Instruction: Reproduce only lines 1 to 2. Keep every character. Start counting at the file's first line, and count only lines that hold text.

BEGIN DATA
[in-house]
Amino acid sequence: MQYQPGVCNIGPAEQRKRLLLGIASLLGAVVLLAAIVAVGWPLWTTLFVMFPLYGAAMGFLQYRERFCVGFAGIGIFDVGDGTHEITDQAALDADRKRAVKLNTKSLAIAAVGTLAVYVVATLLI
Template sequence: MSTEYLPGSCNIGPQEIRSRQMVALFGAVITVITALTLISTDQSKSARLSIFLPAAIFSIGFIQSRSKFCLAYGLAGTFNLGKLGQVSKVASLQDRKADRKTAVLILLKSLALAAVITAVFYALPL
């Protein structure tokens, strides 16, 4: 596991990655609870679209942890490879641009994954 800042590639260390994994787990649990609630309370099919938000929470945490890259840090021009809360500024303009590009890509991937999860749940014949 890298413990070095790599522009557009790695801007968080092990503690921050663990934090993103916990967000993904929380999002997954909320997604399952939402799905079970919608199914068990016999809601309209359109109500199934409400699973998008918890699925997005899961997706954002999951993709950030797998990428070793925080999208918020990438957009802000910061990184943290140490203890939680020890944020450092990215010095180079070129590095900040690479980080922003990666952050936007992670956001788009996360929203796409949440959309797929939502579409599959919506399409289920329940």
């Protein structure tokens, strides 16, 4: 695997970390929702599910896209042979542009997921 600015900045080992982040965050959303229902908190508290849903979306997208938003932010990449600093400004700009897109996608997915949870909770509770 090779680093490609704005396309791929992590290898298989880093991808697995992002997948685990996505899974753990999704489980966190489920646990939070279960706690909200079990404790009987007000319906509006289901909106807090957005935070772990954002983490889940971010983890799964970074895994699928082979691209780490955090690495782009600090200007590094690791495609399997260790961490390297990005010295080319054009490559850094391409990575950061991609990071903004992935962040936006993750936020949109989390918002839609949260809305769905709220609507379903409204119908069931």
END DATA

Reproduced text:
[in-house]
Amino acid sequence: MQYQPGVCNIGPAEQRKRLLLGIASLLGAVVLLAAIVAVGWPLWTTLFVMFPLYGAAMGFLQYRERFCVGFAGIGIFDVGDGTHEITDQAALDADRKRAVKLNTKSLAIAAVGTLAVYVVATLLI